numbers of lipid droplets in the worms’ intestinal cells when they were exposed to oleic acid, and this increase correlated with an extension of their lifespan. In contrast, exposure to elaidic acid did not lead to an increase in lipid droplet numbers and had no effect on longevity.

Lipid droplets serve as reservoirs for storing fats within cells and play a crucial role in cellular metabolism, regulating the utilization of fats as energy. The accumulation of these droplets proved to be essential for the positive effects of oleic acid. When genes responsible for producing droplet-making proteins were blocked, the worms’ lifespans returned to normal levels.

In addition to tracking lipid droplet numbers, the researchers also observed an increase in the number of peroxisomes in the intestinal tissue of worms exposed to oleic acid. Peroxisomes contain enzymes involved in metabolism and oxidation processes.

Both lipid droplets and peroxisomes are more abundant in younger animals and naturally decrease with age, suggesting a co-regulation between the two. Furthermore, their quantities can vary among individuals. Dr. Papsdorf discovered that among young worms fed a standard diet, those with higher numbers of lipid droplets lived slightly longer than their genetically identical counterparts with fewer droplets. This effect became more pronounced in older animals, as middle-aged worms with more lipid droplets lived an average of 33% longer than their peers with fewer droplets.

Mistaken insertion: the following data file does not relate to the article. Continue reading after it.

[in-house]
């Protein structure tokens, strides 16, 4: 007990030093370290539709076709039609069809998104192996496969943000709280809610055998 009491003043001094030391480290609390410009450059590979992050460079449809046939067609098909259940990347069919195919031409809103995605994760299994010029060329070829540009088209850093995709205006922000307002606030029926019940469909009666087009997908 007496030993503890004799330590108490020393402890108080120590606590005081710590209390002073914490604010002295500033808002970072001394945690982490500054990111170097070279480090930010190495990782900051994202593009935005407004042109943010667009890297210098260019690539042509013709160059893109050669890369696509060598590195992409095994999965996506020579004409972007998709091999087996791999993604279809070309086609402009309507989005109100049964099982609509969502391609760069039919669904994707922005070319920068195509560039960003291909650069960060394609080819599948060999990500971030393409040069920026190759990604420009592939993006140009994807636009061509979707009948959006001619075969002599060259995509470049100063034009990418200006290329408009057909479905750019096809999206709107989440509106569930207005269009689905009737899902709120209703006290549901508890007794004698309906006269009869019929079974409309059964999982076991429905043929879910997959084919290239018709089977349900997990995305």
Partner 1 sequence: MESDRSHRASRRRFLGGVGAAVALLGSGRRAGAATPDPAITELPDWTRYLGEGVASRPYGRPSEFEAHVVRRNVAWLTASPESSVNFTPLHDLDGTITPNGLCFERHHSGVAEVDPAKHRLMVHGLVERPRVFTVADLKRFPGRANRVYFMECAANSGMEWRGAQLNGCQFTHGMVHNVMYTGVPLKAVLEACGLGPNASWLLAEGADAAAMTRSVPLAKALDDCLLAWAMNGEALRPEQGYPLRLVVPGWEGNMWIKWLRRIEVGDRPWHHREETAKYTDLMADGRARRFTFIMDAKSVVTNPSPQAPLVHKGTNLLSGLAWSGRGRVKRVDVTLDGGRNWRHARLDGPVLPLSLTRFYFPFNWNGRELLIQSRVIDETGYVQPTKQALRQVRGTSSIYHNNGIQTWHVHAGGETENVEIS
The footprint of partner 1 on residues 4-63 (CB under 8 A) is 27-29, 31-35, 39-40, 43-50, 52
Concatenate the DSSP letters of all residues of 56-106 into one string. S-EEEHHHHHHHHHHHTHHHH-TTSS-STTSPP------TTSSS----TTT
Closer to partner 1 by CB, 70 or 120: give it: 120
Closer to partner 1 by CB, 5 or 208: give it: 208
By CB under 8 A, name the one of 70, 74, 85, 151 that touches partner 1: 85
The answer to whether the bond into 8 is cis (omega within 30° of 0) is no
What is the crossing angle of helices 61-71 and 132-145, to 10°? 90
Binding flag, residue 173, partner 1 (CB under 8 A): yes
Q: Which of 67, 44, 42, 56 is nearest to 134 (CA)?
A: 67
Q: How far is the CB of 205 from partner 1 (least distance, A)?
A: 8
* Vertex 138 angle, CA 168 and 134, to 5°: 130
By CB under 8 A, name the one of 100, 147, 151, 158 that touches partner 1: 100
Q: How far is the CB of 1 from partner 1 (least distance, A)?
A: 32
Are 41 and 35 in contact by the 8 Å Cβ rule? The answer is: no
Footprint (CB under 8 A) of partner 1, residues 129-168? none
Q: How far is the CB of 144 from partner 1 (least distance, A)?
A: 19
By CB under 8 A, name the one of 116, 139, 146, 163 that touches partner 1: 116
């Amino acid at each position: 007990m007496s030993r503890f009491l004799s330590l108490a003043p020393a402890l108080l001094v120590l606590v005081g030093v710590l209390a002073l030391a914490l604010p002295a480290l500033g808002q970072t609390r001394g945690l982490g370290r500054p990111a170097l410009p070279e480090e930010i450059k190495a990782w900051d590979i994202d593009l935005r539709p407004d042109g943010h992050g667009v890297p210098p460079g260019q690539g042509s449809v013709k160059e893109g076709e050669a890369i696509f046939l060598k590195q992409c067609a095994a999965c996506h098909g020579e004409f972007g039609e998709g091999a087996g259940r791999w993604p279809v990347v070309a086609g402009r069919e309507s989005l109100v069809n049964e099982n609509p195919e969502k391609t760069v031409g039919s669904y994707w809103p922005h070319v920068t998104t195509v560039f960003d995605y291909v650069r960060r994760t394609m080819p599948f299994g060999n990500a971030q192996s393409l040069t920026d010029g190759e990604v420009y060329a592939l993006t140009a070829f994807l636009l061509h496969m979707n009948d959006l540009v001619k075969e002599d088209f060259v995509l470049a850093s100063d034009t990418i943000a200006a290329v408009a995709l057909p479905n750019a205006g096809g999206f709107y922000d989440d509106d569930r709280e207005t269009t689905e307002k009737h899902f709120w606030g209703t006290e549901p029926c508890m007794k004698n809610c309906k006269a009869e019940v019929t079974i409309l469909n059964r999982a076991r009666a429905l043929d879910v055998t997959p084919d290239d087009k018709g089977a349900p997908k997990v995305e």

Professor Brunet notes an intriguing parallel with calorie restriction, which is also associated with increased longevity in animals and humans. Surprisingly, studies have revealed that among calorie-restricted mice, it is often the individuals with higher levels of fat who live the longest. This suggests that fat has a dual nature—some aspects can be highly detrimental, while others can be beneficial for longevity.

Protecting Cellular Membranes from Oxidation